This is the title of an article in the Jul-13 issue of the Wired Magazine UK Edition. It refers to the rendering of the first 100 billion digits of pi proving that they're random at CARMA.

The makers used a random walk software that drew the image and colored the points from the beginning (red) to the 100 billion digits (violet). And yes, it looks random - no patterns recognizable.

I remember when I was a maths student the first example of "undecidability": how many "123" sequences will you find in the decimal fraction of pi?

However, a great idea .. but "reinvent maths"? Why so black and white?

This reminds me that I had an exciting discussion with another Wilmott member in the "General Forum" about the question: what can we learn from past economic models ... recently?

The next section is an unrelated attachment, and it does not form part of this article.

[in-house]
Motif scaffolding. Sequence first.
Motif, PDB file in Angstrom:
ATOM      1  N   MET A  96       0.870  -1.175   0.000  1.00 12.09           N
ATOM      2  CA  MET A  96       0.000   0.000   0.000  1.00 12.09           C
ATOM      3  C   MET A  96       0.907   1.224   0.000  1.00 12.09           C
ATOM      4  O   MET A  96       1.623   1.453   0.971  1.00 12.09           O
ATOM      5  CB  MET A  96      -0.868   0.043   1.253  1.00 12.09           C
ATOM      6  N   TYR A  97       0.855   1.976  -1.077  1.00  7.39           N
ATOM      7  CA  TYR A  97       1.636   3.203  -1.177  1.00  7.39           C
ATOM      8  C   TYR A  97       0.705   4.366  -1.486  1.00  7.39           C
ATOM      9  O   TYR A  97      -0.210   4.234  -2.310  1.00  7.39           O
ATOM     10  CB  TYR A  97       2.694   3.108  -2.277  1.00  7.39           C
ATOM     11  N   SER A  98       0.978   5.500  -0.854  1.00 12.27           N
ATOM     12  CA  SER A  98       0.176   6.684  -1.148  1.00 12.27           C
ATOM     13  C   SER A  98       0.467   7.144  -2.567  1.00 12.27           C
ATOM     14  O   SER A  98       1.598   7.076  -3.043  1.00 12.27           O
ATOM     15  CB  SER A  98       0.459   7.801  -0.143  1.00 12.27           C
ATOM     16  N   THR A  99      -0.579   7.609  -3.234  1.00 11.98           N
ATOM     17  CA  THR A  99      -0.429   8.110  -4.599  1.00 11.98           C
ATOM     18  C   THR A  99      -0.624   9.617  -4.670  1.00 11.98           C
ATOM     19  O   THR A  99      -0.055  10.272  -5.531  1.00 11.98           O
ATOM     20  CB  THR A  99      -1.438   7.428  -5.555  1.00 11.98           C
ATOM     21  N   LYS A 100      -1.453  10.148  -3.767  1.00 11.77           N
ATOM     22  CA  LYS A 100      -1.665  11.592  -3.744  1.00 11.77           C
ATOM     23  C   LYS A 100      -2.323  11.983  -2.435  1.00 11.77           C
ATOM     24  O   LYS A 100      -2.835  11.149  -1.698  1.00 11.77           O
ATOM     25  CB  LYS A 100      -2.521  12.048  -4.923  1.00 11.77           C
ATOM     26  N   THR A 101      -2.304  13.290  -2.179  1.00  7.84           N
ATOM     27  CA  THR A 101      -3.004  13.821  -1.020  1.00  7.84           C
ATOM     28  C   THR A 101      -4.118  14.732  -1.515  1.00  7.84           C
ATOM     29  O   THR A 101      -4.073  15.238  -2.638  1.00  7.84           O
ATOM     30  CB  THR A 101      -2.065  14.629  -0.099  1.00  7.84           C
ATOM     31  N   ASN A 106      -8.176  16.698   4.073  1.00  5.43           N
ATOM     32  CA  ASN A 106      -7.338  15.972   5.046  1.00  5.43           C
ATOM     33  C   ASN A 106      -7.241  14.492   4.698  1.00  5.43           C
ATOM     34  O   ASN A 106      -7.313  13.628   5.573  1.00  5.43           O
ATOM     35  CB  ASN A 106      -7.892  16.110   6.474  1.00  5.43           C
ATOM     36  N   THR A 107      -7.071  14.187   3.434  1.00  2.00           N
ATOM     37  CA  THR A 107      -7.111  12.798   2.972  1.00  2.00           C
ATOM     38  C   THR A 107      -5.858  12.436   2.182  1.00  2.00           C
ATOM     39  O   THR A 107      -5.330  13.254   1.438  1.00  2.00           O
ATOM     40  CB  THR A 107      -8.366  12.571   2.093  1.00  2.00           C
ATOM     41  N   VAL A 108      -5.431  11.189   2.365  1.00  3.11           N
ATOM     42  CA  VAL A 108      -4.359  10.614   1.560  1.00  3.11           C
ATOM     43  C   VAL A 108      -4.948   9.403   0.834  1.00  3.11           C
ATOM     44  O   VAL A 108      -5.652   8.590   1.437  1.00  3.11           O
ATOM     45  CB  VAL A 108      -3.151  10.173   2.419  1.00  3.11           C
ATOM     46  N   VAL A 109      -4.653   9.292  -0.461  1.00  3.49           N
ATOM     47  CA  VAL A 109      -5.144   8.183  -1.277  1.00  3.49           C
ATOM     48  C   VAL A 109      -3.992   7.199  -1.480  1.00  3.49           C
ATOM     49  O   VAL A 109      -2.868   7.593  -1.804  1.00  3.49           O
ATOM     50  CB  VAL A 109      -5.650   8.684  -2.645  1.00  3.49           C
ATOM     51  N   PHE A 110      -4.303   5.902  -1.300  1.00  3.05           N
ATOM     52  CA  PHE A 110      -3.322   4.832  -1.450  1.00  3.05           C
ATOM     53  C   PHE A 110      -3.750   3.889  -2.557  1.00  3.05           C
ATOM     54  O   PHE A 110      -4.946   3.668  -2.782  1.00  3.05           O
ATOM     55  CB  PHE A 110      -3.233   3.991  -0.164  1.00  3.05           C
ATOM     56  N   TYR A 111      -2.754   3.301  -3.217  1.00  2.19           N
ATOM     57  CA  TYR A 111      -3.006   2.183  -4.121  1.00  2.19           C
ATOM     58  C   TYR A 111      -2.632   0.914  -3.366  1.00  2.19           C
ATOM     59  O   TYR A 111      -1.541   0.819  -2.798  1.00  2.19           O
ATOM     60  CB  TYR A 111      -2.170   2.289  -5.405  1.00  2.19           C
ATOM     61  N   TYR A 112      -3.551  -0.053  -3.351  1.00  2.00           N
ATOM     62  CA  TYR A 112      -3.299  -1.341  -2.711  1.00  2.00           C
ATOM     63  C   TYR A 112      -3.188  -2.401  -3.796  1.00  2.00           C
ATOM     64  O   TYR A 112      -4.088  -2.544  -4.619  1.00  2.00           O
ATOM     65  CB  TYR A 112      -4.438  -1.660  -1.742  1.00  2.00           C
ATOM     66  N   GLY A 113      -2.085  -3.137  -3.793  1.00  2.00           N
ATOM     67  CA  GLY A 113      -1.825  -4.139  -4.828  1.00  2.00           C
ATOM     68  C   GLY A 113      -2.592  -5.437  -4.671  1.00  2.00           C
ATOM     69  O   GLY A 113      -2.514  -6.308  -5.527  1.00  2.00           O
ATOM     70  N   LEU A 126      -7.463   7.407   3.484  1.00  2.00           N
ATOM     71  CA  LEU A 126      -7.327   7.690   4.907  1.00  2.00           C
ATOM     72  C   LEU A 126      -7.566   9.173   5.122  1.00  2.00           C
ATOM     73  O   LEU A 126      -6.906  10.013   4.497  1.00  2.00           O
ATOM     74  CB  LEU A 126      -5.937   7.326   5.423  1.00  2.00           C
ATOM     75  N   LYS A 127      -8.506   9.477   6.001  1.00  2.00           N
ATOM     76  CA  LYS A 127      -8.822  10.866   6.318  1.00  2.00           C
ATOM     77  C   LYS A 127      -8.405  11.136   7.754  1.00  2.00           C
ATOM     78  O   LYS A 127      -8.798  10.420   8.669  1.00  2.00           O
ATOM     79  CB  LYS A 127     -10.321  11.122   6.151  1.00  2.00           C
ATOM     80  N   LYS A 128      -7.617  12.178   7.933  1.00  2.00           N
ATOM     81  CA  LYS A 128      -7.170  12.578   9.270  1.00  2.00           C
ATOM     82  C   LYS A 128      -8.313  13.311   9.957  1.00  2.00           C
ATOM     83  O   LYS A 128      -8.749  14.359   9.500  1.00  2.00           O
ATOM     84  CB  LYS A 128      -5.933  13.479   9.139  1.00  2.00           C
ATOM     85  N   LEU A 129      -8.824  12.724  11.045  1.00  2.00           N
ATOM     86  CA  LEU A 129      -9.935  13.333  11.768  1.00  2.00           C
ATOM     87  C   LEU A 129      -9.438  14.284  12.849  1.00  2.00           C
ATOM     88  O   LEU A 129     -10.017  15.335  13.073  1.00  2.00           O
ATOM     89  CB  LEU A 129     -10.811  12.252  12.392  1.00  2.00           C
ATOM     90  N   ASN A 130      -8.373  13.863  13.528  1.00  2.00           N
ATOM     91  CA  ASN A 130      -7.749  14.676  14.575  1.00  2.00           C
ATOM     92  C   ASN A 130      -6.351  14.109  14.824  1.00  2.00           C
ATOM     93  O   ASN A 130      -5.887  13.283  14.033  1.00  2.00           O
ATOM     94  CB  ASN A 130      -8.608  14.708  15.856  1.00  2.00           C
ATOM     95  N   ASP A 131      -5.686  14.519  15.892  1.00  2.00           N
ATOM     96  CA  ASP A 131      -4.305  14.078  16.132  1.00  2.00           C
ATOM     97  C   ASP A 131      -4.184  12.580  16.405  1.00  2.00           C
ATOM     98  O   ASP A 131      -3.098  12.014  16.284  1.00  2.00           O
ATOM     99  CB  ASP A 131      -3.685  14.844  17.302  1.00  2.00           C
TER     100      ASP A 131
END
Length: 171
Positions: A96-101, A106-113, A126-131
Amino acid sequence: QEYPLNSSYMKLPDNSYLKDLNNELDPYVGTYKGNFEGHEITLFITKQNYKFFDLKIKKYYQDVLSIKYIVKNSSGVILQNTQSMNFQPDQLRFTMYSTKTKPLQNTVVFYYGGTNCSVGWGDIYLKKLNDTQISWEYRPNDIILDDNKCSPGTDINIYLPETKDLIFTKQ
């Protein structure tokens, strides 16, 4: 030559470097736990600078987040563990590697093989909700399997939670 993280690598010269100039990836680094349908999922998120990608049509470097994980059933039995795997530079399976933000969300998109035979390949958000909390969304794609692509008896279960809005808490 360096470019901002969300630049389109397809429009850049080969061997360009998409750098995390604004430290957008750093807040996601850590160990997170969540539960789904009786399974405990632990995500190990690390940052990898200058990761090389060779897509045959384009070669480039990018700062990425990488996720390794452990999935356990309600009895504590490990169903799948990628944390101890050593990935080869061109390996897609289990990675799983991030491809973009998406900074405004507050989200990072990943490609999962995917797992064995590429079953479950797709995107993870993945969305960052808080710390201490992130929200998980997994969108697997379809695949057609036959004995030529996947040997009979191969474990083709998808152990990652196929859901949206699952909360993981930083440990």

We agreed: not much, because we need to understand that complexity economics if different from the classical (equilibrium) economic approaches.

"we have now more data but less knowledge", he summarized the difficulties ... "less computational knowledge", I add. We need new nonlinear models ..... That is another challenge for maths?

Helping us to understand that it is difficult to calculate "expected" returns in finance by just looking into ensemble averages and not time ... as described here.

Graphs and images will help us a lot, but we shall not forget to improve models, understand why they need accurate and robust solvers and need to be calibrated and re-calibrated constantly.